The cover of a special edition of the National Review says it all: "Against Trump."
— Megyn Kelly (@megynkelly) January 22, 2016
The magazine is out on Friday, but the National Review posted the 22 essays by conservative thinkers on its website Thursday night, with each author trying his best to put as much distance between Republican frontrunner Donald Trump and the conservative movement as possible. Yuval Levin, a contributing editor of the National Review, put it succinctly: "Donald Trump is no conservative. That's not a crime, it's just a reason to vote against him."
Glenn Beck decided to take the fear mongering route, saying if Trump becomes the Republican nominee, "there will once again be no opposition to an ever-expanding government. This is a crisis for conservatism." Talk show host Michael Medved also played on the fears of some conservatives that Trump is becoming the poster boy for the movement. "Trump's brawling, blustery, mean-spirited public persona serves to associate conservatives with all the negative stereotypes that liberals have for decades attached to their opponents on the right," he wrote.
Novelist Mark Helprin painted Trump as someone ill-prepared for the presidency, writing: "He doesn't know the Constitution, history, law, political philosophy, nuclear strategy, diplomacy, defense, economics beyond real estate, or even, despite his low-level mafioso comportment, how ordinary people live." Others decided to get personal, with David Boaz of the Cato Institute saying Trump puts his "crazy" out "front and center," and is "effectively vowing to be an American Mussolini," while Mona Charen of the Ethics and Public Policy Center called him "pitifully insecure."
Trump responded by calling the National Review a "dying paper" that "people don't even think about." Catherine Garcia
A U.S. Customs and Border Protection agent died Sunday after he was injured while on duty in Texas, the agency said in a statement.
Rogelio Martinez, a 36-year-old from El Paso, and his partner responded to activity in the Big Bend area when they were injured; a Border Patrol spokesman said he could not disclose what happened to the agents. Martinez died in the hospital, and his partner, whose name has not been released, remains in serious condition. Authorities are searching for suspects and witnesses to the incident, with the FBI taking over the investigation. Martinez became a border agent in August 2013. Catherine Garcia
President Trump responded on Twitter Sunday to comments from LaVar Ball, the father of a UCLA basketball player, which downplayed the president's role in getting his son, LiAngelo Ball, and two other student athletes, Cody Riley and Jalen Hill, released from shoplifting charges in China.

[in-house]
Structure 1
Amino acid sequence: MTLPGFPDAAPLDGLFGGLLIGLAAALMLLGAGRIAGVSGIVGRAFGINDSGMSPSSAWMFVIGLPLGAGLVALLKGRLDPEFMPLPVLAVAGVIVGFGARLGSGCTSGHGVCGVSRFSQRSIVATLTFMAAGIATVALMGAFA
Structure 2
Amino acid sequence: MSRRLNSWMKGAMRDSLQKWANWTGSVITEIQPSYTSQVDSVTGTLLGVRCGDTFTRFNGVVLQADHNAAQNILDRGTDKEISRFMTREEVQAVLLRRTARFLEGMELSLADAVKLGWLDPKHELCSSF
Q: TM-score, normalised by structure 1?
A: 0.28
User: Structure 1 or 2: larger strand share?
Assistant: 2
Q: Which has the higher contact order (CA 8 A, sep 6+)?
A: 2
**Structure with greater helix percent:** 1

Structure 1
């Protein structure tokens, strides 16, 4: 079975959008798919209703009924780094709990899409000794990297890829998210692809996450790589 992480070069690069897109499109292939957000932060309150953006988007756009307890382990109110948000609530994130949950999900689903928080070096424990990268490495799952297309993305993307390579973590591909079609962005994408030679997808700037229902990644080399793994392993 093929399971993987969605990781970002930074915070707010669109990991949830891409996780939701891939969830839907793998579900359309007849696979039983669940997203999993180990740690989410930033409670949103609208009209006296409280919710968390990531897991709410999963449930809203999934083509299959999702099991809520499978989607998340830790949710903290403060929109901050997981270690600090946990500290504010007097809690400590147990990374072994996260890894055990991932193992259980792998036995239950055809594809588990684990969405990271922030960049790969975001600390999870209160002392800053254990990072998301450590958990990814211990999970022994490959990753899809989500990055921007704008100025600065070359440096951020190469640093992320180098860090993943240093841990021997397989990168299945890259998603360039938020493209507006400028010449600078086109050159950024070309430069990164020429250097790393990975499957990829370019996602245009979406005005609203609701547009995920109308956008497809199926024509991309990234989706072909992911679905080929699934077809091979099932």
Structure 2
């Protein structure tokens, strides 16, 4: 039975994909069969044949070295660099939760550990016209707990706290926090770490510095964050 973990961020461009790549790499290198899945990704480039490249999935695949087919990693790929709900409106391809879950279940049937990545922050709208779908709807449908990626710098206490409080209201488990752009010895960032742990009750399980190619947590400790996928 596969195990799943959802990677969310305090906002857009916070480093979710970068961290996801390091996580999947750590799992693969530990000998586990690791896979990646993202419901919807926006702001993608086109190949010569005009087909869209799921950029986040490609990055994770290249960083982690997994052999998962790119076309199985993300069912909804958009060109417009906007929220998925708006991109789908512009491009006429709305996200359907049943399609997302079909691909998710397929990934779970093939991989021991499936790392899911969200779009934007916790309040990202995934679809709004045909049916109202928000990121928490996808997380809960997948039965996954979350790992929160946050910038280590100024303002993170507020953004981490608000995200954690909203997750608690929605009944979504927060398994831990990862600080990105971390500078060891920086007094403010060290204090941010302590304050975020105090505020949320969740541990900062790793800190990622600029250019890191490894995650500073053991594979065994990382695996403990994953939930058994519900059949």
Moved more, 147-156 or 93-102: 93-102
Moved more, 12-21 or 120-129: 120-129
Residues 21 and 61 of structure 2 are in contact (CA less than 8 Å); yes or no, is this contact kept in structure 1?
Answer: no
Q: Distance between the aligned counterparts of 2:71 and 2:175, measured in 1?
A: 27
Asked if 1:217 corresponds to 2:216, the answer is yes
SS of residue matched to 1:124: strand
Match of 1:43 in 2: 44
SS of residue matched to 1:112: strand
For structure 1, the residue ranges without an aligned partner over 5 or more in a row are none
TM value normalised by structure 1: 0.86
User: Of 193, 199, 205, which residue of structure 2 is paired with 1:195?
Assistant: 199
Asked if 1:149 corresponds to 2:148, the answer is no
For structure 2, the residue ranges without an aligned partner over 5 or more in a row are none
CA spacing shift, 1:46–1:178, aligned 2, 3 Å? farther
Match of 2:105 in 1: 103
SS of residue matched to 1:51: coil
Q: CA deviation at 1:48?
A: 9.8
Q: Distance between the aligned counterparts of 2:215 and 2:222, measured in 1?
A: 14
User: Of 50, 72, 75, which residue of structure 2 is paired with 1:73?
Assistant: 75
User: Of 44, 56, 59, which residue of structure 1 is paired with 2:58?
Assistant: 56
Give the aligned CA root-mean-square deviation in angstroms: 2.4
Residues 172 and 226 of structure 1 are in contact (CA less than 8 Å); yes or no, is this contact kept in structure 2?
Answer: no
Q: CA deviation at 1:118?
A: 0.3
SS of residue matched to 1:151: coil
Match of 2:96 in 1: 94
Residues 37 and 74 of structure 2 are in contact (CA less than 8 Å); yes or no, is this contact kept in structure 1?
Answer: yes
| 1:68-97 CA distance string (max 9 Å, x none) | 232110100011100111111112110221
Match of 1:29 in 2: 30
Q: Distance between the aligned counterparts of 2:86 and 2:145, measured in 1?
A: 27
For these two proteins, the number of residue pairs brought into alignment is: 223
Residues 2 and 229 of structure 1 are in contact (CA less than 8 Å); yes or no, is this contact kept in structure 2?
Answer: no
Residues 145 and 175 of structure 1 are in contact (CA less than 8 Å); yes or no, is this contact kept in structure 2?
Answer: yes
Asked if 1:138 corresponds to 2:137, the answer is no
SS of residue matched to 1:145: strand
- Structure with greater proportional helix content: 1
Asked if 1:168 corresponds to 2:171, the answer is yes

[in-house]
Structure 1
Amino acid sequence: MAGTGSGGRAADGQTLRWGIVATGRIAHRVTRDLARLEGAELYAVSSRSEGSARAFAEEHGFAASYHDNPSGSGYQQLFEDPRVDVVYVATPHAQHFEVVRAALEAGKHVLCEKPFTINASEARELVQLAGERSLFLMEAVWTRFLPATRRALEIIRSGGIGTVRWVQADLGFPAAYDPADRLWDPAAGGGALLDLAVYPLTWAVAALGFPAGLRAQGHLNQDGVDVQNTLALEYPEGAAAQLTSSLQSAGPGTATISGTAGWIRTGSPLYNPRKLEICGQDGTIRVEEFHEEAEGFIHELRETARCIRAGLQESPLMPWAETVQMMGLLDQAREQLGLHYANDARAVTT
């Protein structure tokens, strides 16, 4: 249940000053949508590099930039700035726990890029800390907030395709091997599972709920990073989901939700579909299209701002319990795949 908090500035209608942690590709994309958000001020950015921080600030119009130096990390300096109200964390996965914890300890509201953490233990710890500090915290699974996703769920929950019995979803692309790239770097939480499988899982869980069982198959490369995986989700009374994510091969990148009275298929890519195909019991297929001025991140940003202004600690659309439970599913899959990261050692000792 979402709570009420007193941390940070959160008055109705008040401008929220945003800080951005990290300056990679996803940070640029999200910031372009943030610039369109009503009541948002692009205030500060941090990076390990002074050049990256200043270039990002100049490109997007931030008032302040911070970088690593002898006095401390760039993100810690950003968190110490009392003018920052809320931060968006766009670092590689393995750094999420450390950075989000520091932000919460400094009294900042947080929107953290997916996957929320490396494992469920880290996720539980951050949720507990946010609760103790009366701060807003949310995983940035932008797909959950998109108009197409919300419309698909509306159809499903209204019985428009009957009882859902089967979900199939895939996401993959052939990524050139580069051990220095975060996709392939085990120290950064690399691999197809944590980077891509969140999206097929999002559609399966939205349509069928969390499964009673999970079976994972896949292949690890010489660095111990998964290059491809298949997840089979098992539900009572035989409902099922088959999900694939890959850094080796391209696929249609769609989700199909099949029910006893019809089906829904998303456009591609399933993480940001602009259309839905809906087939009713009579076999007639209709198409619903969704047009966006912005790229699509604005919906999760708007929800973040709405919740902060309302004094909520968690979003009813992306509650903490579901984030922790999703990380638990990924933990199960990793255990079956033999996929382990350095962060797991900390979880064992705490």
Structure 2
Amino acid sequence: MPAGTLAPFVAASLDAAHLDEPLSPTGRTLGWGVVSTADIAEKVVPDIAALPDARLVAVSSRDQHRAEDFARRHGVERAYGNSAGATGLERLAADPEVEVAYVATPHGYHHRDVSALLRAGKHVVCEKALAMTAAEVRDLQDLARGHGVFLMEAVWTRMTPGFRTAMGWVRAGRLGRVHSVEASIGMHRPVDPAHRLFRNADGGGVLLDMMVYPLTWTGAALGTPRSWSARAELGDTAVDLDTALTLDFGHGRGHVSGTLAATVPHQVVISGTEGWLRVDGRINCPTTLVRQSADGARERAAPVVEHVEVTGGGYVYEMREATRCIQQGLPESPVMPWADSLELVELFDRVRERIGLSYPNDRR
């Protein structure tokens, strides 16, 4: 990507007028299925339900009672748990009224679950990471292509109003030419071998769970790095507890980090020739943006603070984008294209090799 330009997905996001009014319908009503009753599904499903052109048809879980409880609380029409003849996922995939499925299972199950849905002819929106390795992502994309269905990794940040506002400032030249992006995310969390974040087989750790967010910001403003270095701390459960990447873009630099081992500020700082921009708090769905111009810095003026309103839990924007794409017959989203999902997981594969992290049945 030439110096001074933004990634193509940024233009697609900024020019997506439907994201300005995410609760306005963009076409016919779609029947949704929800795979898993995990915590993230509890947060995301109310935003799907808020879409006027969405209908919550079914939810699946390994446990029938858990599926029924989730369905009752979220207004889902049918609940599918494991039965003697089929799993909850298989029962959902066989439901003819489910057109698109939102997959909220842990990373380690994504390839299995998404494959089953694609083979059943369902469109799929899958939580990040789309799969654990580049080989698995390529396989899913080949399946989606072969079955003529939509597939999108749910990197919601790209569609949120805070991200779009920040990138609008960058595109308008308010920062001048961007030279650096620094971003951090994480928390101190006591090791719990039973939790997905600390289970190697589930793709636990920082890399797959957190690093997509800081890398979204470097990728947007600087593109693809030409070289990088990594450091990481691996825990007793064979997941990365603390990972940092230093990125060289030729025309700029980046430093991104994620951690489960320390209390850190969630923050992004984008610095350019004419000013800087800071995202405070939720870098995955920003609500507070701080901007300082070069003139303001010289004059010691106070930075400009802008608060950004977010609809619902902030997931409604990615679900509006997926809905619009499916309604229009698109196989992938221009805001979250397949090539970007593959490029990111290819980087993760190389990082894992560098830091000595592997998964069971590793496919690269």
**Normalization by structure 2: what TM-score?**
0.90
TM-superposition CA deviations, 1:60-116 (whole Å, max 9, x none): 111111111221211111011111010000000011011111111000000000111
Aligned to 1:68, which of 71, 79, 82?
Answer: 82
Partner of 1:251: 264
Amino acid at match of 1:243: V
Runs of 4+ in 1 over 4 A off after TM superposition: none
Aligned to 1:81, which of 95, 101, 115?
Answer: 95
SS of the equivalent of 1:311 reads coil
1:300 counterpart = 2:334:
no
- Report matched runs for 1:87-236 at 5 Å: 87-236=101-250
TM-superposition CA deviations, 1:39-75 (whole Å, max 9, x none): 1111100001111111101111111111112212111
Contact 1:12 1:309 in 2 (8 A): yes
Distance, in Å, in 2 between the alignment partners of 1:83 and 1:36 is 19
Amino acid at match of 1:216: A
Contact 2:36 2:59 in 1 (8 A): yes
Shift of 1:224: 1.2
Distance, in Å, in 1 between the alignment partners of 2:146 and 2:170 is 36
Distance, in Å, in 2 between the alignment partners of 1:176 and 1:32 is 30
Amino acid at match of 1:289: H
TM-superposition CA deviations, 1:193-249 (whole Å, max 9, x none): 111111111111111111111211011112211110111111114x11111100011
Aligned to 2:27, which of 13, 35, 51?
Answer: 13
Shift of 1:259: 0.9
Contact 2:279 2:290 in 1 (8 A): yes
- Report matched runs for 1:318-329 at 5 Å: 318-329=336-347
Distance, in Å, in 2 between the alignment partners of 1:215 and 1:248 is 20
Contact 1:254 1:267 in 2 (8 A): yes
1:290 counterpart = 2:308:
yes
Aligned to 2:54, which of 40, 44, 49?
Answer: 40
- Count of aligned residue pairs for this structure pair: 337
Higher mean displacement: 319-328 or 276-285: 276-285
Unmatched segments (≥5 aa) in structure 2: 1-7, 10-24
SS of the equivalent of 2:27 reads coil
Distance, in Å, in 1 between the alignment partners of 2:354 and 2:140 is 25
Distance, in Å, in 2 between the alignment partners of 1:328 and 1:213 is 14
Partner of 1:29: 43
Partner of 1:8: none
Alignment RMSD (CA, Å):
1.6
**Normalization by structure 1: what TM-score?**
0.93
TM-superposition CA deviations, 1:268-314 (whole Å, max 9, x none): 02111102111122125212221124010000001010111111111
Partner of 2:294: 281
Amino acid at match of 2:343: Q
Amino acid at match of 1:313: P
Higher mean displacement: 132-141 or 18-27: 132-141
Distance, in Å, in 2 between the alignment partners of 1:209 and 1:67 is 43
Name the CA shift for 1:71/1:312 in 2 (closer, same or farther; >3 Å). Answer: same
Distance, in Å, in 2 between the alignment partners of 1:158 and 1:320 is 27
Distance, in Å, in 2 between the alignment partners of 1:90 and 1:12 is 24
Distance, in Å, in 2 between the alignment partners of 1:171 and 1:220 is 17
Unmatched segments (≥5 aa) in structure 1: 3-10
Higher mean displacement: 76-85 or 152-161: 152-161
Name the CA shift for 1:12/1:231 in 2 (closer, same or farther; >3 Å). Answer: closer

"Who?" the elder Ball said to ESPN Friday when asked about Trump's actions. "What was he over there for? Don't tell me nothing. Everybody wants to make it seem like he helped me out." Trump reportedly spoke to Chinese President Xi Jinping about the players while visiting Beijing on his tour of Asia this month, and he did not appreciate Ball's remarks:
Now that the three basketball players are out of China and saved from years in jail, LaVar Ball, the father of LiAngelo, is unaccepting of what I did for his son and that shoplifting is no big deal. I should have left them in jail!
— Donald J. Trump (@realDonaldTrump) November 19, 2017
In previous tweets this past week, Trump took credit for the athletes' release, wondered if they would thank him, and told them to "HAVE A GREAT LIFE" and be wary of "many pitfalls on the long and winding road of life!" Bonnie Kristian
White House budget director Mick Mulvaney addressed the Trump administration's tax reform agenda in a pair of interviews Sunday, depicting a White House willing to do whatever is necessary to change the tax code.
"We're using reconciliation so that we only need 50 votes in the Senate instead of 60," Mulvaney explained on NBC's Meet the Press. "In order to do that, the certain proposals can only have certain economic impact, and one of the ways to game the system is to make things expire," he continued, clarifying that "this is done more to force, to shoehorn the bill into the rules than because we think it's good policy."
Likewise, on CNN's State of the Union, Mulvaney said the White House would endorse removing the ObamaCare individual mandate repeal rider from the tax bill if that is what it takes to pass the legislation. "If we can repeal part of ObamaCare as part of a tax bill and have a tax bill that is still a good tax bill that can pass, that's great," he told host Jake Tapper. But if "it becomes an impediment to getting the best tax bill we can," the repeal amendment will go.